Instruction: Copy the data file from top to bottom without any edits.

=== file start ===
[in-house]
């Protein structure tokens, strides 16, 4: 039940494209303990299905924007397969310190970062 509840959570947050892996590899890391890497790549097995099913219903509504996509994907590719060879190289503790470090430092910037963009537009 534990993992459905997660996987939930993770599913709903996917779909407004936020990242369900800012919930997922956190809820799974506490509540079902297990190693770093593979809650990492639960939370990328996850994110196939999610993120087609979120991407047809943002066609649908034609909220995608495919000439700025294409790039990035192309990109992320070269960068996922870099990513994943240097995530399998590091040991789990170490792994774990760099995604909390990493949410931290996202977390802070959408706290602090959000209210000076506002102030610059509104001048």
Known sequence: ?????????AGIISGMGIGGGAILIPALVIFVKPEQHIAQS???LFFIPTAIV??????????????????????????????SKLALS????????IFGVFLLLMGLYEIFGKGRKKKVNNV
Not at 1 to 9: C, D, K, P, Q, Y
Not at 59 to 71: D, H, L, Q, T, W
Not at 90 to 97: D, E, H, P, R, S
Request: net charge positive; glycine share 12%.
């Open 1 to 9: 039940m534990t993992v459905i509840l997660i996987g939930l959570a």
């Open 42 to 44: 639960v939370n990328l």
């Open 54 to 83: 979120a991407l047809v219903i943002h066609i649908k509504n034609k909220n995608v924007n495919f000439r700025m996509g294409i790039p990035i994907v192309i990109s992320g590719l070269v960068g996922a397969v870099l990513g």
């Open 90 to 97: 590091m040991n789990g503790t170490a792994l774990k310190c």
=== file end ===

[in-house]
């Protein structure tokens, strides 16, 4: 039940494209303990299905924007397969310190970062 509840959570947050892996590899890391890497790549097995099913219903509504996509994907590719060879190289503790470090430092910037963009537009 534990993992459905997660996987939930993770599913709903996917779909407004936020990242369900800012919930997922956190809820799974506490509540079902297990190693770093593979809650990492639960939370990328996850994110196939999610993120087609979120991407047809943002066609649908034609909220995608495919000439700025294409790039990035192309990109992320070269960068996922870099990513994943240097995530399998590091040991789990170490792994774990760099995604909390990493949410931290996202977390802070959408706290602090959000209210000076506002102030610059509104001048």
Known sequence: ?????????AGIISGMGIGGGAILIPALVIFVKPEQHIAQS???LFFIPTAIV??????????????????????????????SKLALS????????IFGVFLLLMGLYEIFGKGRKKKVNNV
Not at 1 to 9: C, D, K, P, Q, Y
Not at 59 to 71: D, H, L, Q, T, W
Not at 90 to 97: D, E, H, P, R, S
Request: net charge positive; glycine share 12%.
């Open 1 to 9: 039940m534990t993992v459905i509840l997660i996987g939930l959570a």
């Open 42 to 44: 639960v939370n990328l």
């Open 54 to 83: 979120a991407l047809v219903i943002h066609i649908k509504n034609k909220n995608v924007n495919f000439r700025m996509g294409i790039p990035i994907v192309i990109s992320g590719l070269v960068g996922a397969v870099l990513g």
């Open 90 to 97: 590091m040991n789990g503790t170490a792994l774990k310190c």